Graphic design takes a toll on your body and your mind. Until there are computer implants in our brains, graphic design can involve 40 hours or more of sitting, hunched over and staring at the computer screen. Research is showing that all this inactivity takes years off your life; years that you may not be able to regain even through exercise.
Add to this deadline stress, and the ready availability of snack foods, and it becomes easy to put on the pounds.
I have noticed myself that even a few additional pounds can become a vicious cycle; putting on a few pounds makes you resist excercising, not exercising helps you pack on the pounds, packing on the pounds makes you want to exercise less, until you're practically glued to that chair.
In high school, I was running track and bicycling everywhere and weighed 150. At age 52, I was up to 180 lbs and, though you couldn't tell so much from looking at me, I'd bend down to tie my shoelaces and that roll of flab would jam into my diaphram and I couldn't breathe.
Finally I got a look at myself decided something had to be done. I started with building a deck for a friend and that took off the first 10 lbs. It took me two more years — running and biking during the summer, regressing a few pounds over the winter, and finally biking 190 miles over the 4th of July weekend, running 4-7 miles a day almost every day the third summer, and giving up carbohydrates — to get back to that 150 lbs. (My motivation was vowing to see my abs by the time I was 55.)
I'll tell you that, though I really didn't need to lose all of them, those last few lbs were the worst. Your body gets in such great shape that you really need to work hard to make it happen. (I'm sitting here, having run for an hour and five minutes this morning, and I'm thinking of going out for another run before bed to see if I can at get those last few ounces. Don't get obsessive like I am.)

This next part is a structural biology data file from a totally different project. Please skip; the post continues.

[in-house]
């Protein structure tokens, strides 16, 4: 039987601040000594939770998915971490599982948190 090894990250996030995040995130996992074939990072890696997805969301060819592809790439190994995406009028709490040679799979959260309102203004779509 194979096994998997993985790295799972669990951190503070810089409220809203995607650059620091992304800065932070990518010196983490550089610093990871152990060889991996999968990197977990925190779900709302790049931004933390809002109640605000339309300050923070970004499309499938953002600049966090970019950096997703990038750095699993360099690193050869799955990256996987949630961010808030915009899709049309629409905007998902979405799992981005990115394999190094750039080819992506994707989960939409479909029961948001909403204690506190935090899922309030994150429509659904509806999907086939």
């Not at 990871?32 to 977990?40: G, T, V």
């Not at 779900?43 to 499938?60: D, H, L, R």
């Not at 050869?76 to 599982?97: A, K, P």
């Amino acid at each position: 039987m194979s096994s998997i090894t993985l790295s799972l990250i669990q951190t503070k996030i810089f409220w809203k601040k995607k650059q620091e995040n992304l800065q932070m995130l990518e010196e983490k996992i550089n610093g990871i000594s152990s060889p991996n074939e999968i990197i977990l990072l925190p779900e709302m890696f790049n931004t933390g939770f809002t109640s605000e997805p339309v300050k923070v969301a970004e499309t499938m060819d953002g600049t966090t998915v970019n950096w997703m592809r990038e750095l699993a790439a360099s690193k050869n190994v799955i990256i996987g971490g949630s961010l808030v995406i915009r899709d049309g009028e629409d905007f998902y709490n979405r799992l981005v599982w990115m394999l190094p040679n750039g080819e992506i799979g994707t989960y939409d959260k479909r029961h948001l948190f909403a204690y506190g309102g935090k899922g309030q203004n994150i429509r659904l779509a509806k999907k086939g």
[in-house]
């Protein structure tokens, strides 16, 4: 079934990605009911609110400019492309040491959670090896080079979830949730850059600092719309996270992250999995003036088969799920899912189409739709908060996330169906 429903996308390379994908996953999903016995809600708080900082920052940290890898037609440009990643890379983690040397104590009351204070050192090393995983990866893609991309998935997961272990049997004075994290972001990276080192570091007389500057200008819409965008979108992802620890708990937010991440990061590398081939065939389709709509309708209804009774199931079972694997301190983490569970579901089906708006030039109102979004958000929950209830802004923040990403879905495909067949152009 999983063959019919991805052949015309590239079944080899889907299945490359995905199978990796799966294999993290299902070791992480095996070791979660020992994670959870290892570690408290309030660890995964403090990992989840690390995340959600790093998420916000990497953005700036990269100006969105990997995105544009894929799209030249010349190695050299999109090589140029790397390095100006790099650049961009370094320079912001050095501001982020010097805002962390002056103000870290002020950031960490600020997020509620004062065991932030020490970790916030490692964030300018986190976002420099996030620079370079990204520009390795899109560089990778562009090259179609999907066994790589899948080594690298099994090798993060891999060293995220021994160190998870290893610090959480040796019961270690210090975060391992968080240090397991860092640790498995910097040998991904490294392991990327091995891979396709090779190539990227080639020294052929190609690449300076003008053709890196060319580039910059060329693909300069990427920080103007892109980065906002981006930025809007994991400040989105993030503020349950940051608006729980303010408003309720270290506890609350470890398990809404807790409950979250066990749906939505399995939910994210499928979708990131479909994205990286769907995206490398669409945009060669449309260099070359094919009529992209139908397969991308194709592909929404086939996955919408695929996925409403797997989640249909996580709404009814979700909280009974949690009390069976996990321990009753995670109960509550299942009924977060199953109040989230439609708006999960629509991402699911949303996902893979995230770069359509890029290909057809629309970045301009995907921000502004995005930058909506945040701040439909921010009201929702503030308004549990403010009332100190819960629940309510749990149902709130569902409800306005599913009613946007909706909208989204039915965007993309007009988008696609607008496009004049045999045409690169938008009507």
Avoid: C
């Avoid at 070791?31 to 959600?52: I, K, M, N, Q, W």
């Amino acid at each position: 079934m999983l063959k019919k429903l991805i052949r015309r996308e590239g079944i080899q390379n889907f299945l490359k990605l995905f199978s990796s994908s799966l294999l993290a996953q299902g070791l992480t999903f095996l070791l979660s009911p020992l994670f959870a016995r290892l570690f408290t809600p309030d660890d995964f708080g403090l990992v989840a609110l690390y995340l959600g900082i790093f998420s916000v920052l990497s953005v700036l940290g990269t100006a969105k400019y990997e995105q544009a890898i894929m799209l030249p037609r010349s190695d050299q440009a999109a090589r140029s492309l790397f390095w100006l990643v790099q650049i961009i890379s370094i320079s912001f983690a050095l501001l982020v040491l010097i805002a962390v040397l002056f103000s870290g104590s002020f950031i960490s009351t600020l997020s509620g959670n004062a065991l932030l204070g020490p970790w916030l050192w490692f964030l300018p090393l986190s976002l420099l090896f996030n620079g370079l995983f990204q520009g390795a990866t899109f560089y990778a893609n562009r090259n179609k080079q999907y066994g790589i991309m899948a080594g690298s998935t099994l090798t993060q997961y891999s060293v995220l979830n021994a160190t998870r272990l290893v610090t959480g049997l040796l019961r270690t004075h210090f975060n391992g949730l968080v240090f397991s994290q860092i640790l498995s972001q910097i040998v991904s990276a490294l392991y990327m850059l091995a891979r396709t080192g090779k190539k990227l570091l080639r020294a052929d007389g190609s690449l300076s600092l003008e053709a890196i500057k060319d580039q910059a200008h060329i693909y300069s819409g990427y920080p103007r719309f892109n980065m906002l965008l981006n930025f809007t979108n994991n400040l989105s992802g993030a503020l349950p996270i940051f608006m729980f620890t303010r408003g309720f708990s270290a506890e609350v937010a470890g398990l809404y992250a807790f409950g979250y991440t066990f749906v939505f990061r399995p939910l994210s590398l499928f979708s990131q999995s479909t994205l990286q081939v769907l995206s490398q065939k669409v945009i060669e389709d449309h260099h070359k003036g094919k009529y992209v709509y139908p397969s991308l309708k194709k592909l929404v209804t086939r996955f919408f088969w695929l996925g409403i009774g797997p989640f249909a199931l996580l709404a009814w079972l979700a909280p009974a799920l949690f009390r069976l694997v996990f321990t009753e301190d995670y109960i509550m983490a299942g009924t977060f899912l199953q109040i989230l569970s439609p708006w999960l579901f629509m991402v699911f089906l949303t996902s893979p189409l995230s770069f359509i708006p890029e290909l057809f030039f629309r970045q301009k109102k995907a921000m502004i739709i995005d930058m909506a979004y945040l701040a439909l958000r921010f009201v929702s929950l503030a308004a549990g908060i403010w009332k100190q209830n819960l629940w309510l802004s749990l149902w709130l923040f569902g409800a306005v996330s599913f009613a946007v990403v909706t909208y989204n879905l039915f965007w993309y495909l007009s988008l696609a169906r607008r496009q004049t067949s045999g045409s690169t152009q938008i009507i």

Take it from a graphic designer who knows how many hours in the chair you have ahead of you — find a sport you ENJOY and do it regularly as a part of your graphic design career. Make it something simple, easy to do (minimum amount of equipment) and inexpensive, so you can't find an excuse not to do it. Running and biking are great for me: I have a great old bike, and I can go for a run in the evening if it gets too late to bike. Doing something that involves other people would be even better; I also do social dancing, and if you can go dancing enough, social dancing (swing, salsa, waltz) exercises the mind as well as the body.
You will find that exercising helps your discipline (I never believed I would run eight miles voluntarily), and getting that blood flowing is great for your mind. Plus, if you have a design problem, you can think about it while you work out.